“A hell of a mess in every direction” – Paul Volcker

The S&P 500 strengthened on Friday, closing at a new high of 3067. Volatility (21-day) crossed below 1%, signaling that risk is easing. Money Flow strengthened; a trough above zero suggests another advance. The medium-term target is 3250.

S&P 500

Dow Jones Industrial Average is weaker, with Money Flow having dipped below zero, but breakout above 27,400 would signal another advance. Target for the advance is 29,400.

DJ Industrial Average

“We’re in a hell of a mess in every direction,” is how Paul Volcker, the former Fed Chairman describes it.

Equities are making new highs, while the Fed cuts interest rates. Donald Trump is effectively dictating monetary policy. This could only end badly.

Unemployment and initial jobless claims are near record lows.

Unemployment and Jobless Claims

Inflationary pressures are moderate, with average wage rates growing between 3.0% and 3.5% (production and non-supervisory employees).

Average Wage Rates

GDP growth is slowing, however, and likely to fall further according to our advance indicator (estimated hours worked).

Real GDP and Estimated Hours Worked

Payroll growth is also slowing. While this has been explained as a result of record low unemployment (new employees may be hard to find) it is likely that rising uncertainty has played a big part.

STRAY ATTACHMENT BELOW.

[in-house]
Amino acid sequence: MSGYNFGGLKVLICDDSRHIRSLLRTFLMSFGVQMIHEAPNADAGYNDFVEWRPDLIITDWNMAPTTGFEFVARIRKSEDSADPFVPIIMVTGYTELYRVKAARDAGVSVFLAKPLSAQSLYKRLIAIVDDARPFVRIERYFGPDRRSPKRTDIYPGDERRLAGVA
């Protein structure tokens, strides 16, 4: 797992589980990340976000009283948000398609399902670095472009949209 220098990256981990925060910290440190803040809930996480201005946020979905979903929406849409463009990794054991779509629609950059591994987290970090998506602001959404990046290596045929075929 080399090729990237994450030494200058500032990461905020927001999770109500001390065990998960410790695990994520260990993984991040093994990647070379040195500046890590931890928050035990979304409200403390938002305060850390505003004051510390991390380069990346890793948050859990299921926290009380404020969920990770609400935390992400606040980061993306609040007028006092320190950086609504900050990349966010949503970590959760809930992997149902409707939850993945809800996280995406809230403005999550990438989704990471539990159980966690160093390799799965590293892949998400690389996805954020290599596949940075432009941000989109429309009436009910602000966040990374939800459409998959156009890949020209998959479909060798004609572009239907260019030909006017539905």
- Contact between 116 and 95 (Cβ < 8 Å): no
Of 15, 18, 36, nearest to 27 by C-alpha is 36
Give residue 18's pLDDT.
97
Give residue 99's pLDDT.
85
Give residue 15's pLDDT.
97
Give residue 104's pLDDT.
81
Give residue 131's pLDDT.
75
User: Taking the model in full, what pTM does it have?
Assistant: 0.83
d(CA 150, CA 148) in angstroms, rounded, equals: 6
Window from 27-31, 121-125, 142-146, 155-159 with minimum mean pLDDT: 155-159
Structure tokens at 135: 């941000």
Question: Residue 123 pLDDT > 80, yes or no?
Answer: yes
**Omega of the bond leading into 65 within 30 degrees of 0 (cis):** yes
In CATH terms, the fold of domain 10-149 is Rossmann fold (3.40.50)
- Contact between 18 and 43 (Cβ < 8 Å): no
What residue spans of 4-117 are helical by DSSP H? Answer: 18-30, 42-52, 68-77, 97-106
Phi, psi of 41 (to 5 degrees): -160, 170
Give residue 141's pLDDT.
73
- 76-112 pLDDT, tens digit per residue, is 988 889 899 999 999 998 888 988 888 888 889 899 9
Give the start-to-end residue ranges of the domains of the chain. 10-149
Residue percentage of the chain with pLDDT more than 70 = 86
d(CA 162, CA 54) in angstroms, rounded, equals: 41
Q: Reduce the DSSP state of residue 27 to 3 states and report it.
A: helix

Payroll Growth and Fed Funds Rate

The 3-month TMO of Non-Farm Payrolls kicked up to 0.58%, above the amber risk level of 0.5%.

Payroll Recession Warnings

With 73.5% of stocks having reported for Q3, the price-earnings ratio remains elevated. A reading above 20 warns that stocks are over-priced, especially because expected earnings growth is low.

P/E of Highest Earnings

If we project nominal GDP growth (including inflation) at 3.5% and buyback yields at 3.0% (Q2: 3.26%) that gives us anticipated growth of 6.5%. Add dividend yield of 2.0% (Q2: 1.96%) and we can expect stocks to yield a total return (dividends plus growth) of 8.5%.

Nominal GDP and Estimated Hours Worked * Average wage rate

But that assumes that current price-earnings multiples are maintained. Any downward revision, from earnings disappointments, would most likely result in a negative return.